Message text in emails
The Cardbox help file gives various examples of macros that can be used to send emails from Cardbox databases. Some of the macros send a different message to each recipient, while others send an identical message to everyone. The identical-message sample macros all contain the commands
MessageText = "Here is a sample message sent from Cardbox." MessageText = MessageText & vbCrLf & "The message has two lines."
which mean that the emails will contain the following text:
Here is a sample message sent from Cardbox. The message has two lines.
This article describes how to replace the sample message with a real one that you might really want to send to your correspondents.
1. Constructing the message within the macro itself
The most direct method is to adapt the commands in the sample macro.
For the first line or paragraph of the message, use the command
MessageText = "xxxxxxxxxxxx"
where xxxxxxxxxxxxxx is the text that you want to put into the message. This text can be any length you like, from a single word to an entire paragraph, and the only rule is that when you type it into the macro, you have to type it all as one long line. (Also, if you have a quotation mark " in the text, replace it with two consecutive quotation marks "").
For each following line or paragraph, use the command
MessageText = MessageText & vbCrLf & "yyyyyyyyyyyyyy"
where yyyyyyyyyyyyyy is the text that you want to put into the message. The "MessageText &" is there so that the macro adds the new text to the end of the existing text, instead of replacing it. The "vbCrLf &" inserts a new-line marker to mark the end of one line (or paragraph) and the start of a new one.
If you want to have a blank line between lines or paragraphs, you need to say something like this:
MessageText = MessageText & vbCrLf & vbCrLf & "yyyyyyyyyyyyyy"
where the first vbCrLf ends the previous line or paragraph and the next vbCrLf creates a blank line.
Dear Member, The next meeting will be held on Thursday 14 January at 2.30pm. Agendas will be distributed seven days before the meeting, and if you have not received your agenda by the 10th then you are asked to contact the Honorary Secretary. Yours sincerely Ethel Honywood Hon. Secretary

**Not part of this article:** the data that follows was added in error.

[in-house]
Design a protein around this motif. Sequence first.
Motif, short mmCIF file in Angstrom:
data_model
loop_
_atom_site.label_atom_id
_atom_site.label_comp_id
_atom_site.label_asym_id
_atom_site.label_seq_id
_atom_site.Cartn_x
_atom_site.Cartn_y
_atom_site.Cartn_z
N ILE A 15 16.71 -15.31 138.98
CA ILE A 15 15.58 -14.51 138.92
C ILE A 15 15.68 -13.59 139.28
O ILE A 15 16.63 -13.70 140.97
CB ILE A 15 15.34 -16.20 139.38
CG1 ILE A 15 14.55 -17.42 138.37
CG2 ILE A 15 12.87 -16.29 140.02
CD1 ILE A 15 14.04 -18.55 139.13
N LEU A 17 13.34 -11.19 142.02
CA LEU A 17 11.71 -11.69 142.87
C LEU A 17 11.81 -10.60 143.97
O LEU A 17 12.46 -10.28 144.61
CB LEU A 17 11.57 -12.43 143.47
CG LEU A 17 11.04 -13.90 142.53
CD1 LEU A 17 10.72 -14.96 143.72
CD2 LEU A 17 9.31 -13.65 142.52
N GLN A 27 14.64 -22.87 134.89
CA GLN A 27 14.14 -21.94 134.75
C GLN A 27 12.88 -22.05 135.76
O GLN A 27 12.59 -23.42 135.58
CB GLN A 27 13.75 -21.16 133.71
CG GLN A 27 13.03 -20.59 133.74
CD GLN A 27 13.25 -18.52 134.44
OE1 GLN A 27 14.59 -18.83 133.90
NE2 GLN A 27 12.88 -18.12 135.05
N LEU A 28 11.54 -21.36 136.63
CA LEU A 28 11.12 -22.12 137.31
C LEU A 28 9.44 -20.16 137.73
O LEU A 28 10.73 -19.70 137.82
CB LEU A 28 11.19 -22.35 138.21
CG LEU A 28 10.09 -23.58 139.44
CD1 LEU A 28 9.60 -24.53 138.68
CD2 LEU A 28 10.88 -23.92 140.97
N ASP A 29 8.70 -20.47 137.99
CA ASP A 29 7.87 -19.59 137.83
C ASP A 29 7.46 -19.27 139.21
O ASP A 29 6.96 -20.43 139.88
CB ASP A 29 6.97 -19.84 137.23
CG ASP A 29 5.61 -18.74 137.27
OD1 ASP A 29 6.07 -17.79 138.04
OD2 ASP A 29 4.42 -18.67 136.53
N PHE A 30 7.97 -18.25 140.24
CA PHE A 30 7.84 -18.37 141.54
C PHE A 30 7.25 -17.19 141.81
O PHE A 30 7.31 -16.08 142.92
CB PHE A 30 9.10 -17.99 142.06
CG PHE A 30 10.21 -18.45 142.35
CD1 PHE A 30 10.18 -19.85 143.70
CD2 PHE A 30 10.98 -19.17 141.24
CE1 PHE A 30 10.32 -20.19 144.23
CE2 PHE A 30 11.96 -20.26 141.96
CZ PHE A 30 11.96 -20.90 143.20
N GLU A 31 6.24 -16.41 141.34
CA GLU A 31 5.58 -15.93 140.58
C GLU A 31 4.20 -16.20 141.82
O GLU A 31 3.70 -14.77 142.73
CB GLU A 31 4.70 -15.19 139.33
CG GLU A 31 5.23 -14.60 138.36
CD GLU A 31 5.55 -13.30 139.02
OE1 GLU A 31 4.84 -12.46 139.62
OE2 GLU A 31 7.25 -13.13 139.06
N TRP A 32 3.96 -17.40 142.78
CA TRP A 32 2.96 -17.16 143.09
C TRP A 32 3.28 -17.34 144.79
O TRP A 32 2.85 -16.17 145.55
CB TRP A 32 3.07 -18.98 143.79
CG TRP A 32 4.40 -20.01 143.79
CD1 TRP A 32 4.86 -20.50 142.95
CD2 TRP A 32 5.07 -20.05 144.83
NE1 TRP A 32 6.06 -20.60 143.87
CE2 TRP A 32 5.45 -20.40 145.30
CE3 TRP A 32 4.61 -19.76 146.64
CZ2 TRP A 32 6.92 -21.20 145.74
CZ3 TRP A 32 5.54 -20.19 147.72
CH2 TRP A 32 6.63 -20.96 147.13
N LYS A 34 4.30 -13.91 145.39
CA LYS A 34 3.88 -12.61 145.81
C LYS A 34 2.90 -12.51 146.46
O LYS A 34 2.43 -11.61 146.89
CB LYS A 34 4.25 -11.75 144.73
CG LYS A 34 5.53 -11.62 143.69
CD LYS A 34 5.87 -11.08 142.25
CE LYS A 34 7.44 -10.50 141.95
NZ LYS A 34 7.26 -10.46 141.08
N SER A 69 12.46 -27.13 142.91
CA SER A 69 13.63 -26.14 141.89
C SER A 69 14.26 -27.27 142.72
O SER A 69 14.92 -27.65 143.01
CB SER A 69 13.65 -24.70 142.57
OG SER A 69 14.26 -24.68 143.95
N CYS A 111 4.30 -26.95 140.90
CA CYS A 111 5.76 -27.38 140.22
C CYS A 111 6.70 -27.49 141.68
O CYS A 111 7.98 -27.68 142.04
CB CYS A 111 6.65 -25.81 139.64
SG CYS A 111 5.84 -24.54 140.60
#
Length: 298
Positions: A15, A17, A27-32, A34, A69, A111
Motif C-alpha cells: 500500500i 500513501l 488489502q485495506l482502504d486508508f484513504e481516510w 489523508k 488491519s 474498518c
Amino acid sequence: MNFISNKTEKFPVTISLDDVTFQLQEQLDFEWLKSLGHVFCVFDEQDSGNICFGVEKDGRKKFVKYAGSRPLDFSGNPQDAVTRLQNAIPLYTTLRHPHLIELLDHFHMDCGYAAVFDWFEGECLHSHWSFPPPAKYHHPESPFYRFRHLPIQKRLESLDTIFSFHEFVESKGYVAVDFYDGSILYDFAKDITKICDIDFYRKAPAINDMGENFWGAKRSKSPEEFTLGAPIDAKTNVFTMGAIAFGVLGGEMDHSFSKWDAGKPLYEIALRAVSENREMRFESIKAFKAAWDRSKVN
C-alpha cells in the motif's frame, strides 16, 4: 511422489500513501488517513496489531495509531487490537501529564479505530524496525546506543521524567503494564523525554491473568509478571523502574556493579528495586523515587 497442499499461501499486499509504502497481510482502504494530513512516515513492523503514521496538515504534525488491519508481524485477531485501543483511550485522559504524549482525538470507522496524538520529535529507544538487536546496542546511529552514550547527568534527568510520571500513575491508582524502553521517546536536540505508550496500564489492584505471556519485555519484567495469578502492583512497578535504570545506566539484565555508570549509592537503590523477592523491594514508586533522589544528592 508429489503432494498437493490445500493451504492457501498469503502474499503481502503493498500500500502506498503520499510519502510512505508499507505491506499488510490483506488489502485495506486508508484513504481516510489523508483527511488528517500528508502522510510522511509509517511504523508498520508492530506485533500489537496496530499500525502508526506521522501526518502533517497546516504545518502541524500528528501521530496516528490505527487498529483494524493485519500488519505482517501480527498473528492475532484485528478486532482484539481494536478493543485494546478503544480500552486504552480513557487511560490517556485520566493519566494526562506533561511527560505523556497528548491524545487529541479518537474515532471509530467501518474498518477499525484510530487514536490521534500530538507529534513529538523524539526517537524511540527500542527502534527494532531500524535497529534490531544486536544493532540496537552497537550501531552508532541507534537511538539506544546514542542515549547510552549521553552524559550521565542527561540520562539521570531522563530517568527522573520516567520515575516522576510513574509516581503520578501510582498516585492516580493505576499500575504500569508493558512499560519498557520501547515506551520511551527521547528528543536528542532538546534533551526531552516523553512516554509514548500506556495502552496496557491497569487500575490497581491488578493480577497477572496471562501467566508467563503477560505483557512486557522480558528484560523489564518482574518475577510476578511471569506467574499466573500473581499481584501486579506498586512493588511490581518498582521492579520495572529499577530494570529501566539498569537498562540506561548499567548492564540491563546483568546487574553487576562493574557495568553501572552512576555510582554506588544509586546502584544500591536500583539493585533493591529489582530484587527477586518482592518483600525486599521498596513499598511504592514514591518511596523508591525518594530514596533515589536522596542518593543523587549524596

2. Constructing the message within the macro (alternative version)
The VBScript language has a feature that allows a command to be continued from one line to the next. This is done by putting an underline character (_) at the end of the line to be continued. Here is the same example, done using this method:
We've made one change, to make the macro more legible (it makes no difference at all to what the macro actually does). Rather than have the main paragraph as one long line stretching off to the right, we've split it into several shorter pieces. The reason that this change makes no difference is that we haven't put "& vbCrLf" at the beginning of the extra lines, so VBScript will splice them together into one long line (or paragraph) and not treat them as separate lines.
3. Getting the message from the Clipboard
If you don't want to modify the macro every time you want to send a different message, you can make it get the message text from the Clipboard. If you do this, then the procedure for sending a bulk email becomes:
- Select the records you want to send the email to.
- Create the email text in Wordpad or Notepad.
- Select it all and copy it to the Clipboard.
- Run the email macro.
The relevant MessageText statement in the macro is simply:
MessageText = ClipboardText
Using the Clipboard does run the risk of terrible accidents. Suppose that you are interrupted just after copying the text to the Clipboard, and that whatever you do when you handle the interruption involves copying and pasting something. When you come back to play the Cardbox macro, the Clipboard no longer contains the text of your email. This could be very embarrassing, as you send hundreds of people an email containing a single word, or a piece of a letter you were writing to someone else, or whatever else happens to be lying around the Clipboard at the time.
For safety, it may be better to do this:
This displays the text of the message it is about to send and asks for confirmation that it is the correct one. If you click on Cancel then the macro halts and nothing is sent.
3. Getting the message from a file
Finally, you could compose the entire message in a Notepad file (filetype .txt) and get the Cardbox macro to ask you for the filename. Here are the macro commands that you would use:
As with the Clipboard example, we have made the macro display the message text to confirm that you have chosen the right message.